Here's why your organization should consider a SaaSBOM — and some of the challenges facing their success.
Software bills of materials (SBOMs) have become a hot topic recently — for a number of reasons. High-profile attacks on software supply chains have exposed the need for organizations to know what third-party and open-source components are in the applications they use. SBOMs are seen as an essential first step on that journey.
Further momentum is being stoked by the private sector and government initiatives, such as the SBOMs Everywhere program that's part of the Open Source Software Security Mobilization Plan announced in May by the Linux Foundation's OpenSSF, as well as President Biden's Executive Order on Improving the Nation's Cybersecurity.
However, because the push for SBOMs is still in early days, questions abound. One of them is how can SBOMs be developed for vendor-managed deployment models, such as software as a service (SaaS)? That is a significant question that may influence SBOM adoption. "[A]s the industry sprints toward nearly ubiquitous use of SaaS, this ambiguity presents a hurdle toward the effective use of SBOMs as a risk management tool," warned Walter H. Haydock and Chris Hughes, writing for CSO Online.
Tobias Whitney, vice president for strategy and policy at Fortress Information Security, a supply chain threat protection company, said that one way to leap the SaaS hurdle is through a SaaSBOM.
"A SaaSBOM addresses some of the off-premise concerns that may not be clear in a traditional SBOM. We're taking the concept of software and recognizing that an application operating in the cloud might have different threat vectors associated with it, different vulnerabilities that can lead to cascading risks to the purchasing organization."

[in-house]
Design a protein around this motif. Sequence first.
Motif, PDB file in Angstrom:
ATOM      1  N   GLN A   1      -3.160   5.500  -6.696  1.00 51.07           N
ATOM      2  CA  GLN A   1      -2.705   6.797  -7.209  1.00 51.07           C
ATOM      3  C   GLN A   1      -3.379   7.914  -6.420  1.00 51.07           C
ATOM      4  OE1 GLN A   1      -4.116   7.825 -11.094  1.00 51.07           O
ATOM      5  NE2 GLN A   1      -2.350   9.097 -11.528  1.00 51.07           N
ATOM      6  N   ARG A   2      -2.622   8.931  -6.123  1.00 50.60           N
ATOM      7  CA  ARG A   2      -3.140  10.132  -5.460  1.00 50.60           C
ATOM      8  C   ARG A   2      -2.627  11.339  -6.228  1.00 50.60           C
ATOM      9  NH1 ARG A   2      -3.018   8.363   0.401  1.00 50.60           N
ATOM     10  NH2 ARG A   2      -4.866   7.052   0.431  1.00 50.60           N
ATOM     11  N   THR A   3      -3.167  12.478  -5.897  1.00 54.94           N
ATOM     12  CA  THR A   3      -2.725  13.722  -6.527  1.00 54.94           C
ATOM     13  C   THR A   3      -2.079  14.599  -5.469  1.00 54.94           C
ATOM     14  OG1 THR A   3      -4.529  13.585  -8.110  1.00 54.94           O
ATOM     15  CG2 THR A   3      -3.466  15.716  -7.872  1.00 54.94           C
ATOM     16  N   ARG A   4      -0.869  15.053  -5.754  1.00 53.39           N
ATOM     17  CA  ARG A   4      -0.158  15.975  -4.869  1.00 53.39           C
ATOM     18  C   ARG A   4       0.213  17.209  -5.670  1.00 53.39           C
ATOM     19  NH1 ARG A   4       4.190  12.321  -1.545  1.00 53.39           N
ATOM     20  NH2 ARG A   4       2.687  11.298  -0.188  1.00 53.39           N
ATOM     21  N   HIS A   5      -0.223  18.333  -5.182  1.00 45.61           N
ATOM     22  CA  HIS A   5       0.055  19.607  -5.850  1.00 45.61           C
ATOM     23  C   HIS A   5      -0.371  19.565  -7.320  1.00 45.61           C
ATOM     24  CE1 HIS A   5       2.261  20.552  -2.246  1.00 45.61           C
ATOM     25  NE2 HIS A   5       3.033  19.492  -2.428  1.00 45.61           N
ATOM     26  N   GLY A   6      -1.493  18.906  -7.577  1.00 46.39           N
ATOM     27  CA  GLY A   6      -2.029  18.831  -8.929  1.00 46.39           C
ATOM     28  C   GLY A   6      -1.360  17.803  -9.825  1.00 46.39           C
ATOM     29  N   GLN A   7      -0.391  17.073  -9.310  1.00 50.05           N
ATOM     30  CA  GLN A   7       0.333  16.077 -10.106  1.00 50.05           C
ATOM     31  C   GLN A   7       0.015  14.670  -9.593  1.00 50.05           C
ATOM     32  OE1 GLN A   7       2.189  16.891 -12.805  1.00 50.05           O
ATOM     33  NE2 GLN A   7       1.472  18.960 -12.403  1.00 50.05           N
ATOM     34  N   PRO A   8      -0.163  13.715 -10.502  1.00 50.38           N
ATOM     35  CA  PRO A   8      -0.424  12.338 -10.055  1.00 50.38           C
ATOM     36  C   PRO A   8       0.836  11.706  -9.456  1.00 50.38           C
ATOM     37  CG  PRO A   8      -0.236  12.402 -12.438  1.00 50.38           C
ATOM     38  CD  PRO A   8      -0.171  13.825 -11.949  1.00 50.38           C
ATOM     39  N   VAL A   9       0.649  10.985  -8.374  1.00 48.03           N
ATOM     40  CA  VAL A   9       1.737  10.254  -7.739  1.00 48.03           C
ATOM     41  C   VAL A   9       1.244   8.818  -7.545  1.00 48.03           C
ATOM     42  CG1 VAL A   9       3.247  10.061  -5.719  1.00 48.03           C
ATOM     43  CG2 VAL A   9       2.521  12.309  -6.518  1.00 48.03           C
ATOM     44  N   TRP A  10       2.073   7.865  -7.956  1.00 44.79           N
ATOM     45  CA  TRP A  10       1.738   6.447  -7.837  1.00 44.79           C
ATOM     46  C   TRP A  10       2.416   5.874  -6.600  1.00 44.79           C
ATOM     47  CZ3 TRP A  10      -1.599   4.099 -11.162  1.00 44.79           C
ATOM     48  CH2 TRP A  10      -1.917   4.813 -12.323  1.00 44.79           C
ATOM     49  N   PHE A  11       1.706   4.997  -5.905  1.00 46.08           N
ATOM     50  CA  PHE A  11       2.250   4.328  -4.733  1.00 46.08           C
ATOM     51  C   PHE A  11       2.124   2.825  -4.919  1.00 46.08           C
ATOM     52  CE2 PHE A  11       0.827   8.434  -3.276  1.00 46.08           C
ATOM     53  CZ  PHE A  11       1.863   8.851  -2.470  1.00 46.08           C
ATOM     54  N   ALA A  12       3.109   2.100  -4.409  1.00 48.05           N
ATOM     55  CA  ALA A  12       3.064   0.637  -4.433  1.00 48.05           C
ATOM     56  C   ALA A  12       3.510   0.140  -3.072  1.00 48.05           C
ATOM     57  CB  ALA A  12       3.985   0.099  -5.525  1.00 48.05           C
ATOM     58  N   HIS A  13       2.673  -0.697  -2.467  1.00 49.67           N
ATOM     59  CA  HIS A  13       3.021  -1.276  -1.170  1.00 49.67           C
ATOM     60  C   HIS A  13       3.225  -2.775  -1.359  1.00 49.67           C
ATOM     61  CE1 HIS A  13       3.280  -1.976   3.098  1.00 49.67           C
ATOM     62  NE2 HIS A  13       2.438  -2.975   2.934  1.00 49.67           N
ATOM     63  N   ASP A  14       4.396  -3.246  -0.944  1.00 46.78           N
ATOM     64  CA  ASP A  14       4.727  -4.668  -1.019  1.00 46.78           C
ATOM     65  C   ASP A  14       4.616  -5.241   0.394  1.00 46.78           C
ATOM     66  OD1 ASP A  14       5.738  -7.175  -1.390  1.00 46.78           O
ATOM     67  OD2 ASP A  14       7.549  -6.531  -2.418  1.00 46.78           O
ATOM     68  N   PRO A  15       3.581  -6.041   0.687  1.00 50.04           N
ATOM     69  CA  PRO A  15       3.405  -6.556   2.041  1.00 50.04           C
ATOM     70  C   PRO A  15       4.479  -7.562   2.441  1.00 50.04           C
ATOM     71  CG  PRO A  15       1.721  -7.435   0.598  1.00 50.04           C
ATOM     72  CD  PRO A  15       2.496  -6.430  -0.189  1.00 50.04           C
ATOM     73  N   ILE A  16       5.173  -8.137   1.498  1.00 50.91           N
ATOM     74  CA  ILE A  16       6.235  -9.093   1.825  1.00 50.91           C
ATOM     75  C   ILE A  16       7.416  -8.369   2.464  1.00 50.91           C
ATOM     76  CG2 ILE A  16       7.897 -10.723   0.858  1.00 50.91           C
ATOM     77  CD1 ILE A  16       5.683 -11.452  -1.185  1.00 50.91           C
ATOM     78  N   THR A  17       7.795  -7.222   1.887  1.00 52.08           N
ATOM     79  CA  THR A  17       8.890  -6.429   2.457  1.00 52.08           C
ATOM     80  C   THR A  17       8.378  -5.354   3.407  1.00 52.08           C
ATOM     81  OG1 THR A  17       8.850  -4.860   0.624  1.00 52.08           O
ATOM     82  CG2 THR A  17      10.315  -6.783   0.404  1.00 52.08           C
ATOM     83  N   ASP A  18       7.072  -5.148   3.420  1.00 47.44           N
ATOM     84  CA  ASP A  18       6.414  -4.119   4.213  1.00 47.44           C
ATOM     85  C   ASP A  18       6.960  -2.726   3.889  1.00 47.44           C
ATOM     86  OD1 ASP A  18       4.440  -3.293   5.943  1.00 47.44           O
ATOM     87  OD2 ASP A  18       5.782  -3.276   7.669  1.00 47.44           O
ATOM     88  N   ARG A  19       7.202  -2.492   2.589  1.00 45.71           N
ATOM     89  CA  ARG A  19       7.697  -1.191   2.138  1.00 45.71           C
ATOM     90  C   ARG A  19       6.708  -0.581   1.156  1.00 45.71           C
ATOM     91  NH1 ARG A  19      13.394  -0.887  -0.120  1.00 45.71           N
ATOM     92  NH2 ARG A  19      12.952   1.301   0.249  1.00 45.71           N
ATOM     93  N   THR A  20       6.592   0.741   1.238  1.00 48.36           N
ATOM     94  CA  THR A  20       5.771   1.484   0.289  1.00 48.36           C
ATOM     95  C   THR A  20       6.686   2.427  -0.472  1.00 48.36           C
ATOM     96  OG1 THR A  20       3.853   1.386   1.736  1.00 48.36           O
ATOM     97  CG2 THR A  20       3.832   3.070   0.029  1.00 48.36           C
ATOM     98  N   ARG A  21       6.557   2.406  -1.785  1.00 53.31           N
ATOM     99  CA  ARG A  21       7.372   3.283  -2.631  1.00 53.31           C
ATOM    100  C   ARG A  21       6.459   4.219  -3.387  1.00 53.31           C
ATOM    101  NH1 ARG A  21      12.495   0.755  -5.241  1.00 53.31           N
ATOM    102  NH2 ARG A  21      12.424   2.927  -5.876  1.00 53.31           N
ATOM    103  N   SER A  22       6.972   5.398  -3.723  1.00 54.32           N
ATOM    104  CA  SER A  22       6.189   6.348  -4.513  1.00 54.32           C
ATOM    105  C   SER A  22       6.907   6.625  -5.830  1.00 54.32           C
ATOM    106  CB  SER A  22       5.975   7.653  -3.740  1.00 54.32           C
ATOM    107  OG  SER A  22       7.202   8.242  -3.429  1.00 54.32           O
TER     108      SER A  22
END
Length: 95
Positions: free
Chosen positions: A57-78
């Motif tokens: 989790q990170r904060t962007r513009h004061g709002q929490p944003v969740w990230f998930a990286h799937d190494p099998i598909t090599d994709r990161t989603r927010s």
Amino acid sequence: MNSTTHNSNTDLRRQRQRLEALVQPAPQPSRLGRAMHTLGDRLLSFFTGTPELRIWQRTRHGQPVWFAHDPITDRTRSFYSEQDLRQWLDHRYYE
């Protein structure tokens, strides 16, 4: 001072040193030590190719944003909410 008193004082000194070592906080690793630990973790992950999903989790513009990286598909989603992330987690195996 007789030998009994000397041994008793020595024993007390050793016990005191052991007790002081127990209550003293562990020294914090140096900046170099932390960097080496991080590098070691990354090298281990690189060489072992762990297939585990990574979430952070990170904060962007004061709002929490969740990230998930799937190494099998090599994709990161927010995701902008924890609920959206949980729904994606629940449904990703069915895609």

While an SBOM informs a customer about all the components used in a software program, the SaaSBOM focuses much more on services, said Dennis Zimmer, co-founder and CTO of Codenotary, a software supply chain security provider.
"The reason for that is software as a service is more than software that runs somewhere in the cloud. It is a complex mix of infrastructure, software components, service endpoints and last but not least, the data flow between the services behind the publicly accessible URL."
Here are five reasons why your organization should consider a SaaSBOM — plus insights into the challenges facing implementation of SaaSBOMs.
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1. SaaSBOMs provide fresh information about apps running in the cloud
There are a few open questions in the industry on how you make SBOMs work for cloud services "where the dynamic and elastic nature of the cloud means resources are being consumed and changed on a more frequent basis," said Charlie Jones, a software security assurance evangelist at ReversingLabs.
"As a result, the software bill of materials that you're creating for cloud-native software is only a point-in-time view of what makes it up. Because the information is changed so often, it becomes stale and out-of-date quickly."
2. SaaSBOMs make service components more transparent to users
Just like an SBOM attempts to make transparent all of the dependencies within a given piece of software, a SaaSBOM extends this concept to software as a service to provide an artifact that lists all of the various technology substrate components that go into offering a given SaaS, explained Ed Moyle, systems and software security director for Drake Software, and a member of the ISACA Emerging Trends Working Group.
"There is a whole ecosystem of players involved in delivering a cloud service that is currently opaque to cloud customers."
As an example, Moyle said to consider a SaaS that runs on Apache, stores data in MariaDB, and uses PaaS components from AWS for business logic. To give full transparency, you'd need to know all of the elements that go into the SaaS software itself including sub-dependencies, "but then you'd also need to know the various dependencies that go into each of the individual elements involved in delivering that code to production—the dependencies for Apache, MariaDB, and then, in turn, the dependencies used by Amazon in delivering AWS Lambda," Moyle said.
3. SaaSBOMs help security teams understand all dependencies — not just libraries
Jeff Williams, CTO and co-founder of Contrast Security, explained that a SaaSBOM allows you to model the APIs, services, and other connections that modern apps make.
"These are remote dependencies and just as important to security as local dependencies. Your SaaSBOM will probably have references to all the software in these remote dependencies, which can also have both local and remote dependencies."